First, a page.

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IndyRob

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  1. IndyRob

    Culinary no-brainers

    I'm having a hard time imagining any combination of chicken and eggs that would be appealing to me. Okay, maybe some diced chicken in an egg salad (but with a bunch of other stuff). Maybe some spiced chicken sausage masquerading as pork? No, wait. Chopped chicken gizzard/heart/offal - properly cooked, could I think, work well in scrambled eggs.
  2. IndyRob

    Culinary no-brainers

    For me it's pot roast. Sear the meat on each side, come up with a braising liquid and simmer for a long time until it looks like you want to eat it. For my braising liquid I usually use some sort of beef base, but canned tomatoes are among a ton of other things that will work. Once I just wanted to get on with the simmering stage so I opened the cabinet, looked around, and came out with a couple of cans of alphabet soup. It all works. And a bit of heavy cream at the end never hurts.
  3. I'm not familiar with this book, but a similar thing happened with Julia Child's Mastering the Art of French Cooking. Originally it was developed by Les Trois Gourmandes (sp?) - Julia, Simone Beck and Louisette Bertholle. But somewhere in the process Louisette drifted away from the project and in later editions, the decision was taken to remove her name. I actually have two editions on my bookshelf. One with Louisette listed and one without. But speaking of Mastering the Art..., if she doesn't already have it, she should. It's one of the 'bibles', IMHO. And it does include some pastry. My pate a choux came out perfectly the first time. A warning though - there were originally two volumes, as well as an anniversary edition that combined them. If you'd like to get it, make sure you know which one you're buying.
  4. Heh. As I was posting that fine temperature control was not important in sauces (was thinking bechamel, mornay, etc.), you brought up hollandaise. Okay, yes, fine temperature control. But it's the emulsification that's the star here. You just can't just mix it and leave it at a specific temp.
  5. With sous vide, precise temperature control in essential because of the low temperatures - and the fact you're trying to get the meat to a specific temperature. A steak done to 135 degrees will have a very different character than one done to 140 degrees. The beauty of sous vide is that no matter the size of the steak, you just need to leave it in a bath of the proper temperature long enough. How long is that? Well, if you can come up with a reasonable estimate, just leave it in there for that long, plus 1-2 hours just to be sure. That's not practical advise, but just something that sous vide allows you to do. As soon as you get above those temperatures - into frying temps, the prospects of overdoneness loom ever nearer. Now it becomes less about the specific temperature and more about understanding the characteristics of what you're cooking. Different cuts/shapes/thicknesses will take different amounts of time. You have to be be the arbiter by judging how the meat is reacting. The tools that will help you best with this are an independent oven thermometer, an IR thermometer, a Thermapen, and a practiced finger. If you lack any of these, put off any other further purchases until you have collected the set. For sauces, fine temperature control will be of no use whatsoever unless you're doing some sort of exotic molecular gastronomy sort of thing.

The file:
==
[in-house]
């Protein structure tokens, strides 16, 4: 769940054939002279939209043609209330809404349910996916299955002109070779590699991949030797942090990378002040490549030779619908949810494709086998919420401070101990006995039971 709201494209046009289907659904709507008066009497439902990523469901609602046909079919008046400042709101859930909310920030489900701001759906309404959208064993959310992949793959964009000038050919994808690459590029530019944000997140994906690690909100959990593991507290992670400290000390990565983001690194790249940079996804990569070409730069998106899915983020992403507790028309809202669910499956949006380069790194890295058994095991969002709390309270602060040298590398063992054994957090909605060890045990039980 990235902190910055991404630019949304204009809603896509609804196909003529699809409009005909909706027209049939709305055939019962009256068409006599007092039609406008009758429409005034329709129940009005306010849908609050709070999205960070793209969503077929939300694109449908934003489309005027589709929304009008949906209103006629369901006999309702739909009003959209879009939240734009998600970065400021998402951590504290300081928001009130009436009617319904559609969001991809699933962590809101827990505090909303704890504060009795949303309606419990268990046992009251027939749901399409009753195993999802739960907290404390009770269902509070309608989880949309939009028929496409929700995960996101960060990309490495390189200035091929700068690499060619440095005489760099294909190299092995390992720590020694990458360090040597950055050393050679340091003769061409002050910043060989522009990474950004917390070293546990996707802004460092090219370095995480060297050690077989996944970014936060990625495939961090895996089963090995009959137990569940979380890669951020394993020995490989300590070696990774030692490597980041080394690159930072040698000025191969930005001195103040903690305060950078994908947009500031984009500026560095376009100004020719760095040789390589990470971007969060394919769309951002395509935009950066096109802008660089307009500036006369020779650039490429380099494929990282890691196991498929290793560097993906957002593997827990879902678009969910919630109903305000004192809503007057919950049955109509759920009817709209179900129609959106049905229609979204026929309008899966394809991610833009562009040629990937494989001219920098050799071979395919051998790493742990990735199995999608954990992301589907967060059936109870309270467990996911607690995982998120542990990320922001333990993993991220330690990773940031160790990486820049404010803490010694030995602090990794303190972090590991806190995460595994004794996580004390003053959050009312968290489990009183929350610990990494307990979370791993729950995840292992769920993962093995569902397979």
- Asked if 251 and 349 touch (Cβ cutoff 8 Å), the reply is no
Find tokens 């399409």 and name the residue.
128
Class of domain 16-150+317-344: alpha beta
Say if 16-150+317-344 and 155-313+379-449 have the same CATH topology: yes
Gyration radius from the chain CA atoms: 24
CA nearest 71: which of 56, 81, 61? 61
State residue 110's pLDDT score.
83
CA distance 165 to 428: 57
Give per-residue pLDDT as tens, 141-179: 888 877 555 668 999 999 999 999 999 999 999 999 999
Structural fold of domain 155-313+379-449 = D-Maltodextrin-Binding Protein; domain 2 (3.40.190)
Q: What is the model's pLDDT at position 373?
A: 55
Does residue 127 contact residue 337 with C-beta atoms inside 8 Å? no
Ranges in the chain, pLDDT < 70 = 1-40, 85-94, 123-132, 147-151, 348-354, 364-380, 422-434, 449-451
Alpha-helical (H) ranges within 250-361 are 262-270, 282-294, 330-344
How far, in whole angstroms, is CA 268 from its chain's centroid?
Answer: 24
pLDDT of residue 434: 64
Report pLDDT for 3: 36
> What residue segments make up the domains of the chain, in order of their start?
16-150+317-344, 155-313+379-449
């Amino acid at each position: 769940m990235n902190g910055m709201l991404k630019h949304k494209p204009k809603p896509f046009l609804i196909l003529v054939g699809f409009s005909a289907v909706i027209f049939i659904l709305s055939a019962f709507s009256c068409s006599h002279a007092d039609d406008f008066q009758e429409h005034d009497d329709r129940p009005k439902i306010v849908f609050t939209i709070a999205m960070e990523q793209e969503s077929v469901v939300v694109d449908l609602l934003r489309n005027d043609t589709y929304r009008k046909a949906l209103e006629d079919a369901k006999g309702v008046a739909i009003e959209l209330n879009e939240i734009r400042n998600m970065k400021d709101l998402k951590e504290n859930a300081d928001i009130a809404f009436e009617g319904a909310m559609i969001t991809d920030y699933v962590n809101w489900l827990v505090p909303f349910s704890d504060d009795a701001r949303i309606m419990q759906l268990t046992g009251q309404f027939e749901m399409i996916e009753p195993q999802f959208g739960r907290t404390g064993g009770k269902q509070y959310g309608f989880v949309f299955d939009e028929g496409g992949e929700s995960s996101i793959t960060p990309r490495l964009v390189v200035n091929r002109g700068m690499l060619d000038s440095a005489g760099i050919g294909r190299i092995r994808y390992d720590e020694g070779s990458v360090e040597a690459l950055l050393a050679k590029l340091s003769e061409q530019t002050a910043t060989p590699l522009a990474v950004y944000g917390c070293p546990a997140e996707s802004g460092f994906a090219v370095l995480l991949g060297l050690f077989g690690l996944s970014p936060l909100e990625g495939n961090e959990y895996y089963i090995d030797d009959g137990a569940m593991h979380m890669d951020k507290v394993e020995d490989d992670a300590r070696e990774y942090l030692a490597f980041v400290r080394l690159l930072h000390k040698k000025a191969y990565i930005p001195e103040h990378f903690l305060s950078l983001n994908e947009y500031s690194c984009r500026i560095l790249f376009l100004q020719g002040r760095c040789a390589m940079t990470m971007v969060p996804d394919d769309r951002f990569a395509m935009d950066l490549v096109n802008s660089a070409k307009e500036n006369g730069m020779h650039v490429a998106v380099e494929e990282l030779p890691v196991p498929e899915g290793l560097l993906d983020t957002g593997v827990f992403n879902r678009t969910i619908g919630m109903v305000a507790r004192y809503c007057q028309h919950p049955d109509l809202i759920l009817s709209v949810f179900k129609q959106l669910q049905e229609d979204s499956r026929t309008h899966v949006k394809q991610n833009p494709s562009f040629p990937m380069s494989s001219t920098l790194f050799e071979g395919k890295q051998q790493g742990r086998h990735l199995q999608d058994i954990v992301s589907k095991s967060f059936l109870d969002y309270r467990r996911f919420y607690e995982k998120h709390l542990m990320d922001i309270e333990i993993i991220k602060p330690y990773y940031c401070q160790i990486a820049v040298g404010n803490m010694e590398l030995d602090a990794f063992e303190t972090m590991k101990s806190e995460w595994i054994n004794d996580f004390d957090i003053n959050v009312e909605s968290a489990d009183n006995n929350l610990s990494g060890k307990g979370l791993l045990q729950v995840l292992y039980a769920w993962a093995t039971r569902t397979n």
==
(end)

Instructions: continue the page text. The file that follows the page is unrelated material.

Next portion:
6. Molecular Gastronomy. Although I'm just the sort of person who's interested in this sort of stuff, that phrase was bad from the start. It is at once unappealing and inaccurate. For me, 'Gastronomy' itself is off putting. Let's leave the 'gastro' words to gastroenterologists. I wonder if there are any Molecular Gastroenterologists.
  7. For the past couple of years I've been using what I consider to be the ultimate in skinflint sous-videry - a Presto Kitchen Kettle. It only costs about $40 and is a multi-tasker. It can slow cook and deep fry (up to 400F). But unlike most crock pots, the temperature control goes way below 160F. I think I've only gone as low as 130, but there's plenty of adjustment available below that. The temperature markings only go down to 200, so I used a Sharpie to mark the dial around my usual temps. But I use a Thermapen to validate the bath temperature. It takes some fiddling until the temperature stabilizes, but after that, I'm impressed with its ability to maintain the temperature at plus or minus 1 degree F. The only problem I've had is that I'm getting stubborn mineral deposits building up on the non-stick surface. My wife bought me a FoodSaver as a Christmas present and I've been pretty happy with that. Well, except for the cost of the bags. But the SealAMeal folks have made their bags compatible with the FoodSaver so I can buy those at half the price. But meanwhile the zip lock bag manufacturers have come out with cheap vacuum devices meant to be used with special zip lock bags. One is battery powered, and one is like a miniature bicycle pump and it's only around $3. Since I have the FoodSaver, I haven't tried them, but I love the idea of being able to try sous vide for an investment of under $50.
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